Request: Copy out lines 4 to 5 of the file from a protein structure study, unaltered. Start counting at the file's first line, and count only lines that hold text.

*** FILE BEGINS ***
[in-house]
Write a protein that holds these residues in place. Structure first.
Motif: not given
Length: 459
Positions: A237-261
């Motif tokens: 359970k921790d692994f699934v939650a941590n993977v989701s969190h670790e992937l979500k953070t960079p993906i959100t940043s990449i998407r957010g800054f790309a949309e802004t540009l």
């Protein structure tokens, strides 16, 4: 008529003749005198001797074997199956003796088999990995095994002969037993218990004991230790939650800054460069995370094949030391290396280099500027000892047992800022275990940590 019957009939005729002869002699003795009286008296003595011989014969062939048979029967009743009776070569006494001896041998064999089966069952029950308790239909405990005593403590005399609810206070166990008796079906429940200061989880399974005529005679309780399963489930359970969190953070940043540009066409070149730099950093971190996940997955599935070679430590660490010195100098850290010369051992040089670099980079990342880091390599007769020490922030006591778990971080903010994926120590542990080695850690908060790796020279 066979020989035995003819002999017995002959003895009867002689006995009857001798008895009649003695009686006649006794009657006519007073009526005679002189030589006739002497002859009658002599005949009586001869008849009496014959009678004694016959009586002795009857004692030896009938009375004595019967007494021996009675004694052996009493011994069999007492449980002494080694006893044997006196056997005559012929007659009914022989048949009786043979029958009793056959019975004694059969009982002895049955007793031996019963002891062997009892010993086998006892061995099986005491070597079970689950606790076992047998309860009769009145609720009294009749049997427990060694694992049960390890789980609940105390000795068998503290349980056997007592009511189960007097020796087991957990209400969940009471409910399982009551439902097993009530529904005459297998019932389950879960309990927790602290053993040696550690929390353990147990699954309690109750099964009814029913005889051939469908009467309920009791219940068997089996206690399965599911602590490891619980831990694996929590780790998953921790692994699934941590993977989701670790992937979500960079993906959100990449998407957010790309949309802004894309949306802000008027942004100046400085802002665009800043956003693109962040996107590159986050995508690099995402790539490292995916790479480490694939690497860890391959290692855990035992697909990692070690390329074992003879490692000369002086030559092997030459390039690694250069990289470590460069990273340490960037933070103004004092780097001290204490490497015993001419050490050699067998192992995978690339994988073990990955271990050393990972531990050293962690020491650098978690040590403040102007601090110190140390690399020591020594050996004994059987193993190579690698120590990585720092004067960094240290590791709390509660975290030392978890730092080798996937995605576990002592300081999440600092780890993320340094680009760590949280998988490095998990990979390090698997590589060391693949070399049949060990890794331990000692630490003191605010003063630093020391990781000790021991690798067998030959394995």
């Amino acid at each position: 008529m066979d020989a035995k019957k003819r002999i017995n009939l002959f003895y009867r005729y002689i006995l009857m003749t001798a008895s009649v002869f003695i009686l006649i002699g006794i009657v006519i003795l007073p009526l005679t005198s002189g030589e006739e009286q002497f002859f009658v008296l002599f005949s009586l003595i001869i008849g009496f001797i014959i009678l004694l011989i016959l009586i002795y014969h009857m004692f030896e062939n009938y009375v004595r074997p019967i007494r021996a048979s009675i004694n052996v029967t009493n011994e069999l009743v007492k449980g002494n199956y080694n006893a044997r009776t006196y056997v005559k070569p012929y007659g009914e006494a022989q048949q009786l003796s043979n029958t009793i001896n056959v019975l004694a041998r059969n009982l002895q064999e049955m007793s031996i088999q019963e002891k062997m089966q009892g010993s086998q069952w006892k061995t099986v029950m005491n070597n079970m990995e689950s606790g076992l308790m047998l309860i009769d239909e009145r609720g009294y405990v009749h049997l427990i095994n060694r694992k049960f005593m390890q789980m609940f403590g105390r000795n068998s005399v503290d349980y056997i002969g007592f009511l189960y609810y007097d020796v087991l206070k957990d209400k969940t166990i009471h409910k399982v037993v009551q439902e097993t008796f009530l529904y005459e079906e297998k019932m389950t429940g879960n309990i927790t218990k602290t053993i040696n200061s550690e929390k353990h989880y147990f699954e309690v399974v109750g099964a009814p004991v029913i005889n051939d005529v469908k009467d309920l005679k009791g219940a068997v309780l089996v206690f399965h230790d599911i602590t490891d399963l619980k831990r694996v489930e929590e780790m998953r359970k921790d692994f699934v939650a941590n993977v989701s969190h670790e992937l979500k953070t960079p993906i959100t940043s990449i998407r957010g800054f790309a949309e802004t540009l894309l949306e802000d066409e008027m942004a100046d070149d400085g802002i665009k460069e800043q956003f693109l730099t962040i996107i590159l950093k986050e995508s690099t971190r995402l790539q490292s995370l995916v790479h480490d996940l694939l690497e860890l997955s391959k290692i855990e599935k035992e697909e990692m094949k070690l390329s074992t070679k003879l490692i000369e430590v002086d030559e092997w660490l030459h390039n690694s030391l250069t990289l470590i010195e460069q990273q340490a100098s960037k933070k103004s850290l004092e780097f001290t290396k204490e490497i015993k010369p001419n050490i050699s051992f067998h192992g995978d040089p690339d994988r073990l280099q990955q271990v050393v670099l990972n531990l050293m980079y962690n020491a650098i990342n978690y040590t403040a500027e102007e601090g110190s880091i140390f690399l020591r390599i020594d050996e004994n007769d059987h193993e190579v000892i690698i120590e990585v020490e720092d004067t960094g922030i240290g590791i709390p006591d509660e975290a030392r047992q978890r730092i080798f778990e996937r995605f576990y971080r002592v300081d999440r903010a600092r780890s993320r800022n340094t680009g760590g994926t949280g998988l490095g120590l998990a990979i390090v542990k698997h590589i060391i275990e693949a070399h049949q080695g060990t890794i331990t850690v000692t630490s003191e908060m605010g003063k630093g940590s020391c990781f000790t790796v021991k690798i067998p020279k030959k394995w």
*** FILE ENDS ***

Length: 459
Positions: A237-261